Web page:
Every morning, I go to my computer to check email. Some days, the messages are in the hundreds, and today is not exception. Today was a little different, for I noticed a pattern in my inbox that I have not really paid attention to before. No, not the amount of spam, in reality the junk filter in my Apple mail program catches most of that, so I am not reading daily about special offers for everything from ‘As seen on TV’ to medications that I dont need or desire. But today I noticed a different pattern.
Now you would think someone with a law enforcement background and a trained accountant would have picked up on this trend sooner, after all, much of the work in both of those sciences requires careful examination of ledgers and cancelled checks or long nights of surveillance, always ready to act the moment something incorrect is discovered.
Today, it was the plethora of articles from online Christian magazines, bloggers and forwards from my friends. Most of them had one thing in common, they were all “trendy” and filled with postmodern philosophy. These articles and blog posts all came from writers who identified themselves as “experts” on ministry and the life of Christian leaders. I noticed something else…in all of them, the man or woman in ministry is pretty much a victim. A victim of angry congregations, overbearing denominational leaders and local church boards with no spiritual vision.
Just like a good investigator or auditor would do, I began to dig a little deeper into the credentials and resume’s of the writers. I found that most of these “church consultants” had good educations, some from highly regarded colleges and universities, but they had very little, if any actual ministry experience. Reading further, you would find that a lot of the references and stories they share are second-hand and often unverifiable.
Next I paid closer attention to the content. The headlines of the articles are catchy, after all, you need a good “hook” to grab peoples attention, a technique learned from the marketing world. Yet, it is after the hook that you begin to understand. By the time you are finished, you might notice the article is written in a style that I call “ice-cream sandwich.” You start with a funny story or a good thought, then you move into the body of the story and then end with an often upbeat ending that appeals more to emotion than it does to spiritual growth. I don’t guess there is anything inherently evil with that style, especially if the “good stuff” is in the middle, but that is not always the case.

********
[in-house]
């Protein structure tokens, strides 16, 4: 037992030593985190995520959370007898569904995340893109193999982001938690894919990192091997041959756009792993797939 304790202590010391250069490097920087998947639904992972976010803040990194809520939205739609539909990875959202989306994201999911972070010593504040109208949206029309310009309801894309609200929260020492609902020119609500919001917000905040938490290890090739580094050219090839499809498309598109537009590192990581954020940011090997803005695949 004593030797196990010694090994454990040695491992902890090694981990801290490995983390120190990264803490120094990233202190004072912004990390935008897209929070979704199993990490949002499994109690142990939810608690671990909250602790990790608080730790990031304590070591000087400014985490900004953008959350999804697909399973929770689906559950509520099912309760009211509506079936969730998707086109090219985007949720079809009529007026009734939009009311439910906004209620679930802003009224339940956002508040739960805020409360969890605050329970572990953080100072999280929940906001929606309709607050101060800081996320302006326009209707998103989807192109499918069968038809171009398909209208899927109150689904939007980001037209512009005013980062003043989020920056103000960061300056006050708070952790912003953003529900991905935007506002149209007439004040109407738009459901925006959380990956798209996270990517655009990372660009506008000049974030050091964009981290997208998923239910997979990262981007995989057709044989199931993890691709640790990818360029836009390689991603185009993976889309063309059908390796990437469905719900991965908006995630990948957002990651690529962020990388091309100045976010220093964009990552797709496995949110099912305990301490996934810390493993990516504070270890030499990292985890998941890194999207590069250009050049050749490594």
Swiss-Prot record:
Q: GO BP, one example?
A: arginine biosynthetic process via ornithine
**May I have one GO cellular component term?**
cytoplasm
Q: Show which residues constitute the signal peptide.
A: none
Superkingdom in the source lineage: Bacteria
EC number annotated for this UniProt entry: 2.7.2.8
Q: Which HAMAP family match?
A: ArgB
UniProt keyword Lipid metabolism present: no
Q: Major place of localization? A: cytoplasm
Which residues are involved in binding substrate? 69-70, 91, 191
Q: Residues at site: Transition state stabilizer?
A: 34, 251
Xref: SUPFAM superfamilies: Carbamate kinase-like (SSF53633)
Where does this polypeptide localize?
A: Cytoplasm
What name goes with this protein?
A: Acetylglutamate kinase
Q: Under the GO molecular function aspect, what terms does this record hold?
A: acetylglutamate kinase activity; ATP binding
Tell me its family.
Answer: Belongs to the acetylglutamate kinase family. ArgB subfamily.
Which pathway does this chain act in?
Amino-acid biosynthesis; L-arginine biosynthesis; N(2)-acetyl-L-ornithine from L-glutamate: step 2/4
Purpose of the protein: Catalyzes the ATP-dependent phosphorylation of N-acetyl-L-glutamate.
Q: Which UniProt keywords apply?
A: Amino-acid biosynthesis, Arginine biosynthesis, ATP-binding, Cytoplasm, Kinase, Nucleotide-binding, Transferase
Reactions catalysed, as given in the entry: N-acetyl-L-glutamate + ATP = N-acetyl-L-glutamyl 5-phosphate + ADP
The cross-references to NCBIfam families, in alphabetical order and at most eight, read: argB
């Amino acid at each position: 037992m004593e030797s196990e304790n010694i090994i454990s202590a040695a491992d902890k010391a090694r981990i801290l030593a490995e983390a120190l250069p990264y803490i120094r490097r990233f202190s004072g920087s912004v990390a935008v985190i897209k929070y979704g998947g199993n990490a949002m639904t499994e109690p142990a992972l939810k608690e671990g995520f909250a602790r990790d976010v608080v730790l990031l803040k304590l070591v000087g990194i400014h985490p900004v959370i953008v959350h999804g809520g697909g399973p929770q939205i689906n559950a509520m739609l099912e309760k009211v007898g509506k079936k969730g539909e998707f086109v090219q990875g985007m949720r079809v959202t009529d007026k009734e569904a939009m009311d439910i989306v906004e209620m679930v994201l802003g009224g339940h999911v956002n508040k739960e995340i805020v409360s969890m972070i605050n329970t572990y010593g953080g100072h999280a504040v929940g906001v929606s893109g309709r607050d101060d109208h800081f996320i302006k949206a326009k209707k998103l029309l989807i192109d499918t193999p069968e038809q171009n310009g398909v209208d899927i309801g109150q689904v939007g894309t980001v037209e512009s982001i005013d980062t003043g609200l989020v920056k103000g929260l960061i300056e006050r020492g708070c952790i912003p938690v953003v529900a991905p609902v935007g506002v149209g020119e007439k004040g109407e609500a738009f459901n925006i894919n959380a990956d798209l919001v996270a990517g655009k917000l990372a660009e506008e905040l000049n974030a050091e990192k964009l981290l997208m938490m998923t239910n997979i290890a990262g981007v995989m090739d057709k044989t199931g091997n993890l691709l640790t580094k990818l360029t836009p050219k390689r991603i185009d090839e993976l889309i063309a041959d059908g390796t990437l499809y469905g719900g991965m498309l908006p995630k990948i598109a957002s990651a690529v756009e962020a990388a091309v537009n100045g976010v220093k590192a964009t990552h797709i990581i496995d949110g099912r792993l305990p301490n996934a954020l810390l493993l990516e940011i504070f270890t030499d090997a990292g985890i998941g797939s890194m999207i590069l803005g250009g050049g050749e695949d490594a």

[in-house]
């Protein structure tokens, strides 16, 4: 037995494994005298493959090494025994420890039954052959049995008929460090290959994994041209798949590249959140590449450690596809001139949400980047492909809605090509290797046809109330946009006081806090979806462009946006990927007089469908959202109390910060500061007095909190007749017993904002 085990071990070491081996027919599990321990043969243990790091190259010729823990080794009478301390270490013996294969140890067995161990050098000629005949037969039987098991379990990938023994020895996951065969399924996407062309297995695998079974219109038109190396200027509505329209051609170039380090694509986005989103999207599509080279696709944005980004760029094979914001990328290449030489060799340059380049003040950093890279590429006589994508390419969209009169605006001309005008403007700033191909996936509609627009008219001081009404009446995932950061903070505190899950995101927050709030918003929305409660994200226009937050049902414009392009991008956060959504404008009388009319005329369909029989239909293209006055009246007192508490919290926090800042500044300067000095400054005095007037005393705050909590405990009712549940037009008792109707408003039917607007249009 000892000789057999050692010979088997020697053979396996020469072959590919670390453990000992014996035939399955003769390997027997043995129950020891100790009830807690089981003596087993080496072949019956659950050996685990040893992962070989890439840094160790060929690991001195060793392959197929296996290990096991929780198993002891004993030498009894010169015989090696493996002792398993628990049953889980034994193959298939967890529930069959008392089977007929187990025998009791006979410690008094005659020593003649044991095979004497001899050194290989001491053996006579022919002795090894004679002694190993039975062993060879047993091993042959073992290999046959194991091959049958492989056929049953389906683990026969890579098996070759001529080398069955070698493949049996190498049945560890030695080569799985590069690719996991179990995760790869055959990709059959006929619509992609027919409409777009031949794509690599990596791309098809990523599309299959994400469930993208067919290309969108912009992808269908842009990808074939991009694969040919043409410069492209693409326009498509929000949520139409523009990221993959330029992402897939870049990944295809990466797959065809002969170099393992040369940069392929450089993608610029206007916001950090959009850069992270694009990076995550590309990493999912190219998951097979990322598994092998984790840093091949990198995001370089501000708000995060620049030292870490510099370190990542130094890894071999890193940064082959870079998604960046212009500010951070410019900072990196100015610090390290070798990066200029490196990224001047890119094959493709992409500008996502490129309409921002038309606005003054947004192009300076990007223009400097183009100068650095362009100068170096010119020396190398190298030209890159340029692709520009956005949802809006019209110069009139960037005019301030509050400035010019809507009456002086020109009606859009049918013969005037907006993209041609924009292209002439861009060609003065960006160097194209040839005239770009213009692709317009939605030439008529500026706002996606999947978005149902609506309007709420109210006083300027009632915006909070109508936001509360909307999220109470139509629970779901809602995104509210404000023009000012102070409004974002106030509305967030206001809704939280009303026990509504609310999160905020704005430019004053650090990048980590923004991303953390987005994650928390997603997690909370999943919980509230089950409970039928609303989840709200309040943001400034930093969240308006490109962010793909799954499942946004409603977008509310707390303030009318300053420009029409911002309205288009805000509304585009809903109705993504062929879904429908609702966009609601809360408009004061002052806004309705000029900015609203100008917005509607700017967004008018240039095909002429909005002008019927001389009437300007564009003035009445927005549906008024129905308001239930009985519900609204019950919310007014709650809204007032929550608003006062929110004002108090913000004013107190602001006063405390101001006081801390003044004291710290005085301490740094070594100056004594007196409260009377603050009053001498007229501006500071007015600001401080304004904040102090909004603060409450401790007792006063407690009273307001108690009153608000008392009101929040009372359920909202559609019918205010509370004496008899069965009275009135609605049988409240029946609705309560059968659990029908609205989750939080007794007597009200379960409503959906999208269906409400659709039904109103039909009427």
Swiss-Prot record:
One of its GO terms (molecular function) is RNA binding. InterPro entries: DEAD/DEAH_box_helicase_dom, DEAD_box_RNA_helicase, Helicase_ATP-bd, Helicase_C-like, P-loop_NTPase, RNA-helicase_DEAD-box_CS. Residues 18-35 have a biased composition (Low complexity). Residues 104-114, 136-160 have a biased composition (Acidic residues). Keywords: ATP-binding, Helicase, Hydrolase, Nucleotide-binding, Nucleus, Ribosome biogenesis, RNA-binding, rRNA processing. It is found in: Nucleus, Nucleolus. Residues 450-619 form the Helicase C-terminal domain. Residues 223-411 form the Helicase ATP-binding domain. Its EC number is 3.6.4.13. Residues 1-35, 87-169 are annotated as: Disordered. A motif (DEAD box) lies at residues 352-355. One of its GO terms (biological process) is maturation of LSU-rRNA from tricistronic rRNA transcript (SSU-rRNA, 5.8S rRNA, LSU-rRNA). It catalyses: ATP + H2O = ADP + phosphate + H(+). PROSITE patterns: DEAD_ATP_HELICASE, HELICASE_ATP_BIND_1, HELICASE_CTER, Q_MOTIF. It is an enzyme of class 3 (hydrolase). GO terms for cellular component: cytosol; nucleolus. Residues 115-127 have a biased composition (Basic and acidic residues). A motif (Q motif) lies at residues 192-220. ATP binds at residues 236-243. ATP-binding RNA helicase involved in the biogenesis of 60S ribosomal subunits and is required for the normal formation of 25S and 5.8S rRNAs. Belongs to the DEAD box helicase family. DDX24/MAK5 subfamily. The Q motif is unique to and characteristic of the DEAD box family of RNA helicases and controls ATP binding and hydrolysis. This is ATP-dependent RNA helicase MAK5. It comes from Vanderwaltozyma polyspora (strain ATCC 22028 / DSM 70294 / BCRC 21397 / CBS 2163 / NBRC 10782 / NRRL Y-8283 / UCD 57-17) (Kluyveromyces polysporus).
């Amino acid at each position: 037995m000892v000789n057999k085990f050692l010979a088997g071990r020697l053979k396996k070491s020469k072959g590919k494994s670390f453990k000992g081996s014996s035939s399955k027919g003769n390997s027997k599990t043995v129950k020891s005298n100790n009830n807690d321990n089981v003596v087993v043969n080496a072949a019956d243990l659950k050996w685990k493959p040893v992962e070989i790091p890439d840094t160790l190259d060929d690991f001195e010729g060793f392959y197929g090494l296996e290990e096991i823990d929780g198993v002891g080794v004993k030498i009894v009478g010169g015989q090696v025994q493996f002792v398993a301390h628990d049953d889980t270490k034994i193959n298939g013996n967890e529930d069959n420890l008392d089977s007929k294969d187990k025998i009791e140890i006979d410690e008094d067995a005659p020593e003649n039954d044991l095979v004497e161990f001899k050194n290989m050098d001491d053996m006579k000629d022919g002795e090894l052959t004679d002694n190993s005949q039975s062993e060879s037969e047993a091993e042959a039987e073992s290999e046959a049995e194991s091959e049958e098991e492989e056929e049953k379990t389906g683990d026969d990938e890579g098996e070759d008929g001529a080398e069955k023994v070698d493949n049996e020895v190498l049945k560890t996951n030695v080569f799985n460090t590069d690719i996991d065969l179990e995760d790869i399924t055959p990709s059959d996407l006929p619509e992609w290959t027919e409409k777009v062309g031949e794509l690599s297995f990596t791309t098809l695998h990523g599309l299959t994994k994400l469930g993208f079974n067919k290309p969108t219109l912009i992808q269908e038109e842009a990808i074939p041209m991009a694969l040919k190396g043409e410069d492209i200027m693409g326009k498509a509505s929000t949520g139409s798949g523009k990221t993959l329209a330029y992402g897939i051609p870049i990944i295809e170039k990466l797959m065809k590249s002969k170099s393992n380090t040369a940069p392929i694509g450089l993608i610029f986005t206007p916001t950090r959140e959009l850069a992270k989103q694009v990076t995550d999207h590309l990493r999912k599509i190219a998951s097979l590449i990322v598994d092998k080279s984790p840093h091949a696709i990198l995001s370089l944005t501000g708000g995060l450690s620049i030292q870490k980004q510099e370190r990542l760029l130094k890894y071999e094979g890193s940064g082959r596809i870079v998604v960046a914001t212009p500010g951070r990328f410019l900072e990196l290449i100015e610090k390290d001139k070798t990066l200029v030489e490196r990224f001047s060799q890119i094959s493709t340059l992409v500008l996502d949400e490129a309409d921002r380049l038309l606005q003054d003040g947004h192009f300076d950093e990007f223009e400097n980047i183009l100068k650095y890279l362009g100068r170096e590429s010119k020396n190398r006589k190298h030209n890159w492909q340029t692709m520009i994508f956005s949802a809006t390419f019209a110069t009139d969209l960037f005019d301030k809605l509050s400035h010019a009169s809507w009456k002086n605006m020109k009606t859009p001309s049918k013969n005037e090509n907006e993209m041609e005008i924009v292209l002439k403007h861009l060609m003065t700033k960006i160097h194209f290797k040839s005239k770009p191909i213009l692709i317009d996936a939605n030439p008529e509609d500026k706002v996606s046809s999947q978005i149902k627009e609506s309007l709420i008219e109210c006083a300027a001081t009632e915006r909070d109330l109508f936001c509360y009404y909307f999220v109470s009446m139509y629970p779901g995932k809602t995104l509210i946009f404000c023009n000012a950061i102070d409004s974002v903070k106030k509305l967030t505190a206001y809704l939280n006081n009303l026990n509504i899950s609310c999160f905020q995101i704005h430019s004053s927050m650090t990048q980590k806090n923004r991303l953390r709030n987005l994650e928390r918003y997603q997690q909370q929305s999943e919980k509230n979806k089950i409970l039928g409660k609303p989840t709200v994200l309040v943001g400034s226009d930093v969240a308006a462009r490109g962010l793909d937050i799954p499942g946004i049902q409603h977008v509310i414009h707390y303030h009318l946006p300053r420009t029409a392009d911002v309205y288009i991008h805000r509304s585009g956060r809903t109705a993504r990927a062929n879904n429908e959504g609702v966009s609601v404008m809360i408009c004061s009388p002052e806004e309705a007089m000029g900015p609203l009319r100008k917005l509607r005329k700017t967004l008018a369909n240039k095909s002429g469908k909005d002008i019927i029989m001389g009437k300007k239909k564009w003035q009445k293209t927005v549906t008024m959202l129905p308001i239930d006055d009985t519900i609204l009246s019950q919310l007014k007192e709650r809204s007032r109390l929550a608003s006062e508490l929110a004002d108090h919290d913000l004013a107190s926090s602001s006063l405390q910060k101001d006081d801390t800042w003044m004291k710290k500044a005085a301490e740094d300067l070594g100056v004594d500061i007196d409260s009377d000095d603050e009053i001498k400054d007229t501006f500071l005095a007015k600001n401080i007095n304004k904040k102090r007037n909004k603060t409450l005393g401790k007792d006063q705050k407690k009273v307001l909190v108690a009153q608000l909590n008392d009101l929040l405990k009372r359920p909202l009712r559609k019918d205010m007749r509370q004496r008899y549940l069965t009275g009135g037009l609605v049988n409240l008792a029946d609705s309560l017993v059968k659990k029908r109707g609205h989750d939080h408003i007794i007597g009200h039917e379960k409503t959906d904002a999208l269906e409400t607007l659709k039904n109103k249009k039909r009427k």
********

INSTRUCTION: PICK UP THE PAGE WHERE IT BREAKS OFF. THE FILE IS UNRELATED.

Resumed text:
What I continue to find is that pastors and other ministers are painted as victims. They are painted as a group of people who live their lives hurting, lonely, uncared for and pawns at the hands of other Christians. Are there ministers who are hurting, lonely and lacking pastoral care? Of course there are, but I cannot honestly say that most ministers I know personally are like that. They are not angry, hurting, lonely and tired. In fact, most have victory in their lives and they are seeing spiritual growth in their congregations and around their ministries.
Do they have hard times? Absolutely! Are they at times mistreated? You better believe it! Do some quit? Yes, but more stay in there and keep believing the Lord for changed lives, healed marriages, emotional bondage lifted as they focus on the end of the race, not just the race itself.
I often hear the stories of young ministers who don’t want to enter the ministry because of all the horror stories they hear. In some way, I can’t help but believe that God will hold people accountable for giving such a negative picture of ministry for the sake of subscriptions sales, advertising dollars and a paycheck at the end of the week. There is more to ministry than the picture they often paint.
So, what are the conclusions of my thoughts on this? First of all, there is no conclusion to it, it is a sad part of the human nature that we focus more on failure than success, more on loss than gain, and more on this life than the eternal one we have gained.
In the past week I have attended or participated in some way in the funerals of three saints of God. All of them who have “ran their race and finished their course and kept the faith.”(2 Timothy 4:7) No, they may not have been wealthy or well-known in the current world, but you can be assured they enter heaven with victory, applauded by that great cloud of witnesses (Hebrews 12:1-2)
So, the next time you find yourself reading ministry tips from these “alleged” experts, remember there is a more realistic, eternal source you can turn to for advice on how to pastor a church, lead a ministry or fulfill your obligation to be salt and light in this present world. (Matthew 5:13) It’s called the “Bible.” (Hebrews 4:12) If you read it daily, if you walk the road it points you to, you will not find life easy, but you will have eternal hope, and a sense of victory in your life.
Instead of believing the prevailing philosophy that you are a failure if there are not large numbers in your ministry or the church you pastor, think about the man who was walking along the seashore. He was throwing starfish back into the ocean one at a time. A casual observer watched this man throw the starfish back into the ocean, and continued his actions although the beach was littered with thousands of them. The observer said to the rescuer of the starfish, “what are you doing, can’t you see you aren’t making a difference?” As he threw yet another starfish into the ocean, the rescuer held it up and said, “I am making a difference to THIS ONE.”
Stop wallowing in sorrow. Pick yourself up preacher…dust yourself off Christian…get up out of your pity party, you ARE making a difference. Set your heart and affections on the things on high (Colossians 3:2) and watch as God brings peace and victory, and one day you will hear Him say, “well done, good and faithful servant.” (Matthew 25:21)
YOU CAN DO IT!